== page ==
You're dreaming
You're hallucinating
You're seeing a ghost
They didn't really die
They have risen from the dead
With these options, the last thing you'd conclude is that they had risen from the dead. According to Luke, the disciples initially thought they were seeing a ghost (Luke 24:37), but then Jesus ate in front of them. Thomas wanted to actually touch Jesus (John 20:25). 1 John begins with "what we have heard, what we have seen with our eyes, what we have looked at and touched with our hands..." The emphasis on touching makes sense because otherwise they wouldn't have concluded that Jesus had risen from the dead. So the best explanation for the survival of Jesus' movement is that he really did rise from the dead.


1. The Resurrection of the Son of God by N.T. Wright.

2. 2 Samuel 7:16, 1 Kings 2:4, 2:45, 8:25, and 9:5.

3. Jeremiah 33:14-17, Isaiah 9:7, and Ezekiel 37:25.

4. Jeremiah 23:1-8, Ezekiel 37:15-28, Isaiah 9:2-7, 16:4-5.

5. N.T. Wright, Jesus and the Victory of God, p. 609.

6. Marcus Borg, Meeting Jesus Again For the First Time, p. 116.

7. N.T. Wright, Jesus: Two Visions, p. 102.

8. E.P. Sanders, The Historical Figure of Jesus, p. 280.

Saturday, December 09, 2017

Are there brute facts?

The argument from contingency depends on the principle of sufficient reason (PSR). The PSR states that for anything that exists, there is a sufficient explanation for why it exists rather than not existing. The explanation can take one of two forms--either the explanation is that it exists by necessity (i.e. it's impossible for it to not exist), or it is contingent. If it's contingent, then the explanation will be found in something else that exists and which serves as the basis for, reason for, or cause of the existence of the contingent thing under consideration.

But then there are brute facts. A brute fact is something that happens to be so, and there's no reason or explanation for it. If there are contingent things whose existence are brute facts, then the PSR is false because in that case there would be contingent things for which there is no sufficient reason for their existence.

So what reason is there to think there either is or isn't any such thing as a brute fact? I'm not going to go into all the reasons, pro and con, in this post. I only want to address something I heard a few weeks ago. Ben Shapiro interviewed Ed Feser on his new book, Five Proofs of the Existence of God.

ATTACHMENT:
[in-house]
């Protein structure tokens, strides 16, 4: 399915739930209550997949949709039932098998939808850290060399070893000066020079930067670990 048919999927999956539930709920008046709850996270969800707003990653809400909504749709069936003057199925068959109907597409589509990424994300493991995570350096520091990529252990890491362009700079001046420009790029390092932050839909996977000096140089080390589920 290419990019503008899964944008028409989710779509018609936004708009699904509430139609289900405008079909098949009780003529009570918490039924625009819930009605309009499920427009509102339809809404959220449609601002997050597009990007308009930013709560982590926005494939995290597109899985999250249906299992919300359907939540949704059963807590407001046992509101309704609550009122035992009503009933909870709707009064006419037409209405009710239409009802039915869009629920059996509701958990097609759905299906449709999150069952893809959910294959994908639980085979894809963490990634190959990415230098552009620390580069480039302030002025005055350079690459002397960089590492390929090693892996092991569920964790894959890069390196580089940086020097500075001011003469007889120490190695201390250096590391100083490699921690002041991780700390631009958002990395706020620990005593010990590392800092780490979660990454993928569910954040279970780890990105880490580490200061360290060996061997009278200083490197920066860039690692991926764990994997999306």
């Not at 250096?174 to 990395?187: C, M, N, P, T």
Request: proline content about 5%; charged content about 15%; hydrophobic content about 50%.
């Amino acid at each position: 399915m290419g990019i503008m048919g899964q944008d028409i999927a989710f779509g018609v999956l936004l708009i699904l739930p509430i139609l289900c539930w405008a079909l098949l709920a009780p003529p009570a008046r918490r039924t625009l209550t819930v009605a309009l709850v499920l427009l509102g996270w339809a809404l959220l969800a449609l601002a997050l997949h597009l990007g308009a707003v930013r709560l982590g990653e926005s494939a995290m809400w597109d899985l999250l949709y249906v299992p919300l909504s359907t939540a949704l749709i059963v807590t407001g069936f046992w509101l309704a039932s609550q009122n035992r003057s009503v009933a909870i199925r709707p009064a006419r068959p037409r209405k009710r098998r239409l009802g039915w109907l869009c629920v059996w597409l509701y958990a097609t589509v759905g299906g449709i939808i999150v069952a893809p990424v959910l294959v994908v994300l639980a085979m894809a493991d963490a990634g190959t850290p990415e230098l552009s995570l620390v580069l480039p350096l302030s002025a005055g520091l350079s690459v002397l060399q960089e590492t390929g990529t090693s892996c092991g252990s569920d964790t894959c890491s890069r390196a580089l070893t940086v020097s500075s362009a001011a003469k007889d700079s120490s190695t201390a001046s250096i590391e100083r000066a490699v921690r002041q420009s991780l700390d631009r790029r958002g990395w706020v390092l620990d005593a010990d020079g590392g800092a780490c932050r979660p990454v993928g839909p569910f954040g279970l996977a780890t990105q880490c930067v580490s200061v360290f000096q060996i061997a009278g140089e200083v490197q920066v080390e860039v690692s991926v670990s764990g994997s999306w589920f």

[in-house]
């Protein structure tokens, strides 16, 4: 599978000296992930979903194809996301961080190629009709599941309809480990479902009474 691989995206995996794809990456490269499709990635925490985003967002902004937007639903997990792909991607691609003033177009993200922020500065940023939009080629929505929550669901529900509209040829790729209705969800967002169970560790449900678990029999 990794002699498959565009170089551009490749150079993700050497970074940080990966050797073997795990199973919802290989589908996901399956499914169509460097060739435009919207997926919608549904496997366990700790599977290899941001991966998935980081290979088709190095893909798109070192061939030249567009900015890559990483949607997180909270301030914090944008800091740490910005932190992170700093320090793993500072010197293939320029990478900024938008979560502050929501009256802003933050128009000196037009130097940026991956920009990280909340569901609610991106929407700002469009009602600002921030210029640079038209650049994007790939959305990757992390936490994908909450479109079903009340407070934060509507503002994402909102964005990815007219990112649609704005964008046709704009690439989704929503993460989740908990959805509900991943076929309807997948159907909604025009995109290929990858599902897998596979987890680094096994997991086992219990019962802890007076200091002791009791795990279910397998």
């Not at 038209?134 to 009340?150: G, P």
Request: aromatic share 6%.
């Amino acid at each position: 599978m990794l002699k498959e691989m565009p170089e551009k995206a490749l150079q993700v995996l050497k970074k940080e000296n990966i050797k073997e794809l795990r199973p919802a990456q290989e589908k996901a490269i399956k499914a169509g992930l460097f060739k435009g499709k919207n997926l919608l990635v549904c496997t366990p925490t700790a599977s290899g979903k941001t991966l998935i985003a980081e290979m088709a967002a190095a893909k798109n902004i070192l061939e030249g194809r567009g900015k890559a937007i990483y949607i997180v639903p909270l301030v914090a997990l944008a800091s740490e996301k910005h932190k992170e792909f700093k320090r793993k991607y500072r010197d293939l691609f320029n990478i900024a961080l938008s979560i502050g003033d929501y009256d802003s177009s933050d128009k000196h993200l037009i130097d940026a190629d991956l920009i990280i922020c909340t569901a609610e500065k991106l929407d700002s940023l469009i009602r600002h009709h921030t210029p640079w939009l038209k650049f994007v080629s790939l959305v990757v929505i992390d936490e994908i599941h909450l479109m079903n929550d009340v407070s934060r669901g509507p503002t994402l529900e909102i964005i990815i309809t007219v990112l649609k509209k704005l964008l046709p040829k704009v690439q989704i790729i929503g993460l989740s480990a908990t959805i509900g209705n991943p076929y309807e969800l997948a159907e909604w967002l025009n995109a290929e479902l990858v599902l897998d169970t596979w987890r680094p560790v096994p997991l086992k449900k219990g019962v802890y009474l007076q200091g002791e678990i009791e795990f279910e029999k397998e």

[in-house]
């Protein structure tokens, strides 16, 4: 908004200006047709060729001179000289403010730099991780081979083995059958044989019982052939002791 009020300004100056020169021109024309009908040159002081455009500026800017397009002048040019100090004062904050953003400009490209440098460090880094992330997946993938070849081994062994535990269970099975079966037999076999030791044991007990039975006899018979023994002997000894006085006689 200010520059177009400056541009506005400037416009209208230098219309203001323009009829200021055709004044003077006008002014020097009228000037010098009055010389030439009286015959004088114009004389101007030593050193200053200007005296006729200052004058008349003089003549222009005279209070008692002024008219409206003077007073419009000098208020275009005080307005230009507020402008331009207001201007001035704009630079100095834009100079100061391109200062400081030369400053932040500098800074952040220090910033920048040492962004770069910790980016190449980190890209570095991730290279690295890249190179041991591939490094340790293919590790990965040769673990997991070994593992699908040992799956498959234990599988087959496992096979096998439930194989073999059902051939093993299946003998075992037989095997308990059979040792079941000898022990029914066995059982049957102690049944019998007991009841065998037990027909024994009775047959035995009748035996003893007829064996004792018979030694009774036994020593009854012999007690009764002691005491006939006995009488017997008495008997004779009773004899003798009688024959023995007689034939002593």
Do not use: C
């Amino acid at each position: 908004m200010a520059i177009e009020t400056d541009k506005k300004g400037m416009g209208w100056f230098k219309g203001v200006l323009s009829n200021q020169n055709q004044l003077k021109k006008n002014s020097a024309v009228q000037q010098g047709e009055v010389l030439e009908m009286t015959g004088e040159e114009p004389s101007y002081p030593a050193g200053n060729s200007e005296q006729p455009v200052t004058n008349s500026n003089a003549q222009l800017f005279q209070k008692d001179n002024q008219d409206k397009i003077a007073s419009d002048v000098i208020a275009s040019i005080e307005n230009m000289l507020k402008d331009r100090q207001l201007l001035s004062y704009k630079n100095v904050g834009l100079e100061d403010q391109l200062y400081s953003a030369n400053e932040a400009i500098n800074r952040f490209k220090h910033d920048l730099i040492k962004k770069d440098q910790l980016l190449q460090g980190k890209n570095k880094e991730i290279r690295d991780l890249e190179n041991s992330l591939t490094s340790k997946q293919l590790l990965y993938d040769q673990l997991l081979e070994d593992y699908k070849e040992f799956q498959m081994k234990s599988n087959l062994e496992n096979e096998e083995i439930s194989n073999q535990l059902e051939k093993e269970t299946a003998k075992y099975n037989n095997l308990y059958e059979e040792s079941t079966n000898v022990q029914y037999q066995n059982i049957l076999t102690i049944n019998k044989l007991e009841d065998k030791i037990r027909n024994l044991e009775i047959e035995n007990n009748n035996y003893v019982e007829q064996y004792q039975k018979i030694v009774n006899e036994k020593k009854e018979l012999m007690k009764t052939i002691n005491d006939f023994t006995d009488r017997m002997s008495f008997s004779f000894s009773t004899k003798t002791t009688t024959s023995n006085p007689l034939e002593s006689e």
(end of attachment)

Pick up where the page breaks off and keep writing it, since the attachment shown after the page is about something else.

At around 7:40 in the interview, Shapiro brought up the subject of brute facts. Then at about 8:10, Feser began to respond to it. He said there were two problems with it. The first problem is that it's arbitrary and is brought up for no other reason than to avoid the existence of God. There's no independent motive or reason for suggesting brute facts. The second problem with brute facts (9:07) is that it eats away as all explanations in general because if all explanations ultimately rest on a foundation of brute facts, then that takes down the explanatory force of every other explanation. It's all just arbitrary.

While I can see the rhetorical force of Feser's two arguments, I don't think either one of them really undermines the existence of brute facts. The fact that a person might be motivated in an inappropriate way to postulate brute facts doesn't mean they're wrong. To say that they're wrong by pointing to their inappropriate motives is to commit the genetic fallacy. At best, I think this argument only tells us that there is no good justification for believing in brute facts. If there's no rational reason for them, and there are only pragmatic motives for suggesting them, then that does entail that brute facts are nothing more than unjustified hypotheses.

In the second argument, Feser uses an analogy to explain himself. There's a book on a shelf. The shelf is held by brackets. The brackets are held but other brackets. But those other braackets aren't attached anywhere. They're just brute facts. Well, if they're not attached to anything, then the shelf with the book will all fall down. It can't all be held up by brute facts. In the same way, all explanations collapse if they rest of a foundation of brute facts.

I don't think they collapse in the same sense that a book shelf collapses. All that would follow is that you can't give an ultimate explanation for anything. Ultimately, there's no reason for anything. What would Feser say to somebody who bit the bullet and said, "Okay, so there are no ultimate explanations. Everything is, by extension, a brute fact." It seems to me there's something missing in Feser's argument. He's attempting to make a reductio ad absurdum argument against brute facts, but he hasn't explained why the logical consequence of brute facts is absurd.

While I don't think what Feser said amounts to an argument against the existence of brute facts, I do think he successfully undermines rational belief in brute facts. It seems to me that it's unreasonable to postulate brute facts because of Feser's second argument, and brute facts do seem rationally unjustified because of Feser's first argument. That is unless there's some rational reason aside from motivations for brute facts that Feser didn't mention and that I'm unaware of.